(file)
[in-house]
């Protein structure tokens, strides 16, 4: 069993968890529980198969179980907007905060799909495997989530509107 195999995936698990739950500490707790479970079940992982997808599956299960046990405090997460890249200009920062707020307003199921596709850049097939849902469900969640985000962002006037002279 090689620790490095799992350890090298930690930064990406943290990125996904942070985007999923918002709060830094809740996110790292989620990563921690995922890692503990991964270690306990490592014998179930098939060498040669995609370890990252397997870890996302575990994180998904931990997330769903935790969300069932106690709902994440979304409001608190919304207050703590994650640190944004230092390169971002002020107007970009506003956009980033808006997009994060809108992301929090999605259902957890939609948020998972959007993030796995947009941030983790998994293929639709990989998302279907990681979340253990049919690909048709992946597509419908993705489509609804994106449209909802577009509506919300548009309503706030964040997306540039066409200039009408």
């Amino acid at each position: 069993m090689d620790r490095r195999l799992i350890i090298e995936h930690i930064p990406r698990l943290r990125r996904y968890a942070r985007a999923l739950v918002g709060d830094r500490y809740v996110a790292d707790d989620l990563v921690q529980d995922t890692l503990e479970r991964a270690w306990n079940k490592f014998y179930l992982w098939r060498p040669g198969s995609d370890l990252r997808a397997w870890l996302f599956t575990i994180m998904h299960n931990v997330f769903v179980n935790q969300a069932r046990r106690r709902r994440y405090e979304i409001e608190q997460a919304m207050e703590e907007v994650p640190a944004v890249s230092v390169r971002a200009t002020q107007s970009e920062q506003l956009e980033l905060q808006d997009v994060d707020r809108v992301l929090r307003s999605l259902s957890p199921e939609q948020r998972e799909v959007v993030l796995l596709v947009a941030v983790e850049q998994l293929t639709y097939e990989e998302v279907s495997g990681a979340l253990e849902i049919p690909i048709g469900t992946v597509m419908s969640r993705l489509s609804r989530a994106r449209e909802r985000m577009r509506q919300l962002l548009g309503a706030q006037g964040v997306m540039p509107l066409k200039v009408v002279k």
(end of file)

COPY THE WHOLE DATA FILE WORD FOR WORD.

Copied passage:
[in-house]
């Protein structure tokens, strides 16, 4: 069993968890529980198969179980907007905060799909495997989530509107 195999995936698990739950500490707790479970079940992982997808599956299960046990405090997460890249200009920062707020307003199921596709850049097939849902469900969640985000962002006037002279 090689620790490095799992350890090298930690930064990406943290990125996904942070985007999923918002709060830094809740996110790292989620990563921690995922890692503990991964270690306990490592014998179930098939060498040669995609370890990252397997870890996302575990994180998904931990997330769903935790969300069932106690709902994440979304409001608190919304207050703590994650640190944004230092390169971002002020107007970009506003956009980033808006997009994060809108992301929090999605259902957890939609948020998972959007993030796995947009941030983790998994293929639709990989998302279907990681979340253990049919690909048709992946597509419908993705489509609804994106449209909802577009509506919300548009309503706030964040997306540039066409200039009408």
């Amino acid at each position: 069993m090689d620790r490095r195999l799992i350890i090298e995936h930690i930064p990406r698990l943290r990125r996904y968890a942070r985007a999923l739950v918002g709060d830094r500490y809740v996110a790292d707790d989620l990563v921690q529980d995922t890692l503990e479970r991964a270690w306990n079940k490592f014998y179930l992982w098939r060498p040669g198969s995609d370890l990252r997808a397997w870890l996302f599956t575990i994180m998904h299960n931990v997330f769903v179980n935790q969300a069932r046990r106690r709902r994440y405090e979304i409001e608190q997460a919304m207050e703590e907007v994650p640190a944004v890249s230092v390169r971002a200009t002020q107007s970009e920062q506003l956009e980033l905060q808006d997009v994060d707020r809108v992301l929090r307003s999605l259902s957890p199921e939609q948020r998972e799909v959007v993030l796995l596709v947009a941030v983790e850049q998994l293929t639709y097939e990989e998302v279907s495997g990681a979340l253990e849902i049919p690909i048709g469900t992946v597509m419908s969640r993705l489509s609804r989530a994106r449209e909802r985000m577009r509506q919300l962002l548009g309503a706030q006037g964040v997306m540039p509107l066409k200039v009408v002279k």